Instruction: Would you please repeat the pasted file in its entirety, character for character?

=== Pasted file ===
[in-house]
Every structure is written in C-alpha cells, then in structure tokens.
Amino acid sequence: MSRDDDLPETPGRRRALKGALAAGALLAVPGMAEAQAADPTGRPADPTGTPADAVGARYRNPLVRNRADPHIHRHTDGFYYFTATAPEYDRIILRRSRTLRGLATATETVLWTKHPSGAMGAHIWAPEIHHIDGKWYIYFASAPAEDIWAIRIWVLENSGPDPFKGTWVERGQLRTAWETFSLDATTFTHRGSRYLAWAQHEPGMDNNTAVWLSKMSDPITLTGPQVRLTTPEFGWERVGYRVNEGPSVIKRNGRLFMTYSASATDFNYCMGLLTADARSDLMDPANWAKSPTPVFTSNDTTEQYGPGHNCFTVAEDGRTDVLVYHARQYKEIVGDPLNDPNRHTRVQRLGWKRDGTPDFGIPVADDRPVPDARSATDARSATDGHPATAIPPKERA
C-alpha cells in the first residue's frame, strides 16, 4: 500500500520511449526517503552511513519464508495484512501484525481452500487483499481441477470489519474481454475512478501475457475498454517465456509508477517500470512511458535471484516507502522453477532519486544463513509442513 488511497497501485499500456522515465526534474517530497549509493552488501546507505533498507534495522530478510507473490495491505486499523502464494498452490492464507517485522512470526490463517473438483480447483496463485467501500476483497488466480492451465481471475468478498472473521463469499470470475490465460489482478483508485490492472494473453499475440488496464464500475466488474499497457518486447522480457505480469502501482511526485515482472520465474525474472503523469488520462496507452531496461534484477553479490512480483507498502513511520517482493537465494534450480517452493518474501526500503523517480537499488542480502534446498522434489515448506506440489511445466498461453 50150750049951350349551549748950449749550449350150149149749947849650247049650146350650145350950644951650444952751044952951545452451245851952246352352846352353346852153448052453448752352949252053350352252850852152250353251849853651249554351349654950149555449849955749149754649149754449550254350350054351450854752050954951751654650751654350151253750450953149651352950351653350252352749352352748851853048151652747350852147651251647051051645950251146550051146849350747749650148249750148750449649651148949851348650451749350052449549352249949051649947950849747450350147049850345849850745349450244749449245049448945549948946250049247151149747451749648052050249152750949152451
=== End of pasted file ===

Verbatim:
[in-house]
Every structure is written in C-alpha cells, then in structure tokens.
Amino acid sequence: MSRDDDLPETPGRRRALKGALAAGALLAVPGMAEAQAADPTGRPADPTGTPADAVGARYRNPLVRNRADPHIHRHTDGFYYFTATAPEYDRIILRRSRTLRGLATATETVLWTKHPSGAMGAHIWAPEIHHIDGKWYIYFASAPAEDIWAIRIWVLENSGPDPFKGTWVERGQLRTAWETFSLDATTFTHRGSRYLAWAQHEPGMDNNTAVWLSKMSDPITLTGPQVRLTTPEFGWERVGYRVNEGPSVIKRNGRLFMTYSASATDFNYCMGLLTADARSDLMDPANWAKSPTPVFTSNDTTEQYGPGHNCFTVAEDGRTDVLVYHARQYKEIVGDPLNDPNRHTRVQRLGWKRDGTPDFGIPVADDRPVPDARSATDARSATDGHPATAIPPKERA
C-alpha cells in the first residue's frame, strides 16, 4: 500500500520511449526517503552511513519464508495484512501484525481452500487483499481441477470489519474481454475512478501475457475498454517465456509508477517500470512511458535471484516507502522453477532519486544463513509442513 488511497497501485499500456522515465526534474517530497549509493552488501546507505533498507534495522530478510507473490495491505486499523502464494498452490492464507517485522512470526490463517473438483480447483496463485467501500476483497488466480492451465481471475468478498472473521463469499470470475490465460489482478483508485490492472494473453499475440488496464464500475466488474499497457518486447522480457505480469502501482511526485515482472520465474525474472503523469488520462496507452531496461534484477553479490512480483507498502513511520517482493537465494534450480517452493518474501526500503523517480537499488542480502534446498522434489515448506506440489511445466498461453 50150750049951350349551549748950449749550449350150149149749947849650247049650146350650145350950644951650444952751044952951545452451245851952246352352846352353346852153448052453448752352949252053350352252850852152250353251849853651249554351349654950149555449849955749149754649149754449550254350350054351450854752050954951751654650751654350151253750450953149651352950351653350252352749352352748851853048151652747350852147651251647051051645950251146550051146849350747749650148249750148750449649651148949851348650451749350052449549352249949051649947950849747450350147049850345849850745349450244749449245049448945549948946250049247151149747451749648052050249152750949152451